The USDA pegged the ‘18/19 carryout at only 415 M bu and the market dismissed this projection almost immediately.  The USDA is using only 89 M acres with a yield of only 48.5 bpa.  The USDA pegged the bean planting progress at 35% on Monday night, and the 5 year average is only 26%.  This means that the US farmer is planting beans much earlier than normal this year at a much faster rate than in the past.  All of this should correspond to bigger yields this fall, and pushes forward the pod filling stage from August to LH July.  Thus, we very likely could have corn pollination and bean pod filling at the same time this year during LH July.  Make no mistake, the weather during LH July this year will be critical as both corn and beans will be affected.  So all of this proactivity in bean planting will cause more bean acres to get planted, especially if there are some northern acres that cannot plant corn and plant beans instead.  This means that instead of 89 M acres of beans, the total could be closer to 91 M acres.  The market also disagrees with the yield of 48.5 bpa.  Most traders feel that this should be closer to 50 bpa with the early bean planting.

So, if you plant the bean crop earlier, you gain more bean acres from the north that cannot plant corn, you gain yield due to the early bean planting, and now you have the potential for exports on both old and new crop to crash if we cannot get a deal pounded out with China, what do you think will happen to the carryout numbers that the USDA put out?  Will they stay at 530 M bu and 415 M bu?  I think not.  The path of least resistance is for these numbers to grow, and possibly quite significantly.  And if this happens, this puts a huge amount of lower pressure on bean futures.  We have already started to see this happen.  Nov ’18 bean futures made a high of $10.60 earlier in the year and are now trading at $10.15 or 45 cent lower.  The path of least resistance is lower in the bean market and possibly significantly lower.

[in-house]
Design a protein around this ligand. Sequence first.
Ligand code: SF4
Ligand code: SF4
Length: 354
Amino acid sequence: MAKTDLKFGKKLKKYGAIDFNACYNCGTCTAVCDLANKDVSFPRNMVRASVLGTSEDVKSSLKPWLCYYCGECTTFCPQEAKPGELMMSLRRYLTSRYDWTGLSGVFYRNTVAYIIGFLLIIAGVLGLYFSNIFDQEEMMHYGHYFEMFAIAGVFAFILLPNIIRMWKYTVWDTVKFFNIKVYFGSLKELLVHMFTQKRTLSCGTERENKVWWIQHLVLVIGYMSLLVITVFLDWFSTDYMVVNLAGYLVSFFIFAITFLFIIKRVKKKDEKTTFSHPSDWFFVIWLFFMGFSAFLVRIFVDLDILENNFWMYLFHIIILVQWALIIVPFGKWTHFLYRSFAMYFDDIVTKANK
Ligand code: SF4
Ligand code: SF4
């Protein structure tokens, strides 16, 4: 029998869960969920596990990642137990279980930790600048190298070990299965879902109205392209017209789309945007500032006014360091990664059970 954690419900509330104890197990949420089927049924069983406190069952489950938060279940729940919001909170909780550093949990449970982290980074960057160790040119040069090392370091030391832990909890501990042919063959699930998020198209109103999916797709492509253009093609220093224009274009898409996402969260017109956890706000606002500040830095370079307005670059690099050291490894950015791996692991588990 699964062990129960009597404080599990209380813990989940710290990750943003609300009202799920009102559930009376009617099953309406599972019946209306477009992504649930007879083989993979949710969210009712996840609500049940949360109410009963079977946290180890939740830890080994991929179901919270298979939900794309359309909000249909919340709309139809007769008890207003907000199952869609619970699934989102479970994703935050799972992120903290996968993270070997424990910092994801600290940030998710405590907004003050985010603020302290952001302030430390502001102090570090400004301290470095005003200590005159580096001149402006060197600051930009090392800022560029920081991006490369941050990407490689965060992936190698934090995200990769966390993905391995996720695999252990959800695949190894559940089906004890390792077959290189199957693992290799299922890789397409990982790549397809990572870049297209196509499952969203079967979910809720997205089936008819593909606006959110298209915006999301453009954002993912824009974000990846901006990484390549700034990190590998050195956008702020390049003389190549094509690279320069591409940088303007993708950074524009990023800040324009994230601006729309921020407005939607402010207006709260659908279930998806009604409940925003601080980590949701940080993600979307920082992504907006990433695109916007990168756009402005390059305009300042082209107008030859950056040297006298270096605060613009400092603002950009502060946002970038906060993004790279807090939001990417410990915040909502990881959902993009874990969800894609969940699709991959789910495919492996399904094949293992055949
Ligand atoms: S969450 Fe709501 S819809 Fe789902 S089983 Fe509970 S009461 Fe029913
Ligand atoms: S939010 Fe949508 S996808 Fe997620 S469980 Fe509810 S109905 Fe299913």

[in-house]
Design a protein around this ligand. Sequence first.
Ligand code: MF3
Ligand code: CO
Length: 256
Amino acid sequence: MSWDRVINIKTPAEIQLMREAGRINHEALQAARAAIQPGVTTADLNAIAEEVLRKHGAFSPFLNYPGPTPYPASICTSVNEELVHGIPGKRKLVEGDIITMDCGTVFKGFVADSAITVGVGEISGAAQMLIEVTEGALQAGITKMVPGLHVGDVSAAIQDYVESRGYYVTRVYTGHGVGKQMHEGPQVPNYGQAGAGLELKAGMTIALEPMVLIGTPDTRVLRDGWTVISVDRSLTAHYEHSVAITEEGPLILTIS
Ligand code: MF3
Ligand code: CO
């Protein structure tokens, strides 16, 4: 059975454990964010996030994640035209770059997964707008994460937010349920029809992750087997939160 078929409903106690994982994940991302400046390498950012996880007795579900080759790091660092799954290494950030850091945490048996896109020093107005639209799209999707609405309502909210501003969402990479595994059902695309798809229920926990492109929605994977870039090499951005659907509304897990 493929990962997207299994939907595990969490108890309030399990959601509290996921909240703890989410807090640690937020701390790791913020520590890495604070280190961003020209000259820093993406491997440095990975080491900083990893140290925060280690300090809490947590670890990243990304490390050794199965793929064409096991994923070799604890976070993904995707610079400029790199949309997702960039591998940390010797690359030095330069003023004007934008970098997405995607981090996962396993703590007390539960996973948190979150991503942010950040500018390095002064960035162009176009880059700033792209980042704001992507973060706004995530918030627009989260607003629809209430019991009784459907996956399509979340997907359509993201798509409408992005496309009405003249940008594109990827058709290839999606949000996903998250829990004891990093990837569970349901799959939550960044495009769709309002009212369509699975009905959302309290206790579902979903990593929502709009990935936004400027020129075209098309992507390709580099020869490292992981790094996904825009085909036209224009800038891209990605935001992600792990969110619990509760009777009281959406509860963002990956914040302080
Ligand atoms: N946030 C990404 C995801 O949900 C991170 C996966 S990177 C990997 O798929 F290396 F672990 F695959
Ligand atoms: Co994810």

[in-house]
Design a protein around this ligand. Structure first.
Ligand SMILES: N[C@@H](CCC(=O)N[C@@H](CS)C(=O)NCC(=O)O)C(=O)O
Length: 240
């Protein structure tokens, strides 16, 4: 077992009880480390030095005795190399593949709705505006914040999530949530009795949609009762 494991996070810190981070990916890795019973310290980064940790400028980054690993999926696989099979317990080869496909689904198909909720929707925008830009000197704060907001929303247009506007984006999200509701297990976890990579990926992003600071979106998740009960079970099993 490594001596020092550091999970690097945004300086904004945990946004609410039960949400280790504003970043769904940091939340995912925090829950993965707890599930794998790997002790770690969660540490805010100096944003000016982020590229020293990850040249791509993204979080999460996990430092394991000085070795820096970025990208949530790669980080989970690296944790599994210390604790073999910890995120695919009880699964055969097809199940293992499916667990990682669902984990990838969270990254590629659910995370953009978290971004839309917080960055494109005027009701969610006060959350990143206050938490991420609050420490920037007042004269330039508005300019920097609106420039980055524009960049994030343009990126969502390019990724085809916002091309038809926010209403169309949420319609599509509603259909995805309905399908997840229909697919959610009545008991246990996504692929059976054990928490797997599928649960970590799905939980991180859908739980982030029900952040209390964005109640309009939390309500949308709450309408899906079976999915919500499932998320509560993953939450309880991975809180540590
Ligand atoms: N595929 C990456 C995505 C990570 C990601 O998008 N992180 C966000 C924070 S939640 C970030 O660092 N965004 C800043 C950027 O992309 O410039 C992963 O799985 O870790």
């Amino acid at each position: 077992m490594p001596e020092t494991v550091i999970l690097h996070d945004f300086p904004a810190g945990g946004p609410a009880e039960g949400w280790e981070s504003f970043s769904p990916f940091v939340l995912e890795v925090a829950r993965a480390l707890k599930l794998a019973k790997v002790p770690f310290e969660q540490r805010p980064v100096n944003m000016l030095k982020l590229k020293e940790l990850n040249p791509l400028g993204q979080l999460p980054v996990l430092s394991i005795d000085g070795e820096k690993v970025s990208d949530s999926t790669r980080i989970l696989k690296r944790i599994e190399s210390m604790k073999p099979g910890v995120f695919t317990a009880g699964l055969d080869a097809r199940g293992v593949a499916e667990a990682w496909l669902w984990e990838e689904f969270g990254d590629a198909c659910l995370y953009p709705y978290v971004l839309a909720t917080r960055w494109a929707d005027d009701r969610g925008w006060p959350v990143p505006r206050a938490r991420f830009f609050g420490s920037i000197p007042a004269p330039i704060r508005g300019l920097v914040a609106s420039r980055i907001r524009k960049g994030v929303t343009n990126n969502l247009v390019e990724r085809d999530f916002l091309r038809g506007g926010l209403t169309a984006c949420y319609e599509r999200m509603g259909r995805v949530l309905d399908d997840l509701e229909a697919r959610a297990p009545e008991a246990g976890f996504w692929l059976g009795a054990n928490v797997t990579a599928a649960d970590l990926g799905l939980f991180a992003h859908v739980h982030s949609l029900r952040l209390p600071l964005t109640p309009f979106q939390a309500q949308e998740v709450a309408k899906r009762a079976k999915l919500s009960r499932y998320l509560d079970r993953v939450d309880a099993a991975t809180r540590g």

A possible silver lining is an increase in crush which can help offset these increases in production or losses from exports.  The current bean crush margin is just huge at over $2.00 per bushel.  If these crush margins are not an absolute record, they are very close, and they have been stout for many weeks led by the strength in bean meal.  When the processor or makes big money, this will cause the basis to firm on old beans, especially since the farmer is planting and not delivering beans to him.  The beans used in crush will continue to grow.  However, the biggest factor in determining the price of beans is if we get a deal pounded out with China.  Frankly, the bean complex will patiently sit and wait until we know what will happen.  But make no mistake, the decision will impact bean prices either one way or the other.  Talk about gambling.  This is a high stakes poker tournament with the banker sitting right beside you watching your every move.  Sometimes taking your money off the table and selling beans now is the best option for your farm, so you can sleep at night, and a lot less risky.

Targets Produce Success and Protection For Your Farm

Before long, weather markets will push the market around like a yoyo and produce unprecedented volatility.  However, volatility can be your friend if you have a solid marketing plan and know how much and at what price you feel comfortable selling when the right opportunities present themselves.  If you are not working with one of our grain originators today, please give us a call.  We will gladly sit down with you to create a plan and help you protect your farm.  For a list of our grain originators and the one closest to you, please click here.  These types of volatile markets are a grain marketer’s dream.  The volatility present selling opportunities that are very short lived.  For the disciplined marketer, who knows exactly what commodity he needs to sell and at what level, this is a perfect scenario.  You simply place target orders in our system and at 3 am in the morning next Thursday while China makes an announcement when we are all sleeping, the markets ramps up, hits your target, locks in your contract price, all automatically while you are in bed.  How fantastic is that!  I encourage all of you to start using our online target system.  Its free, easy, and will protect your farm.  Please click here for more information.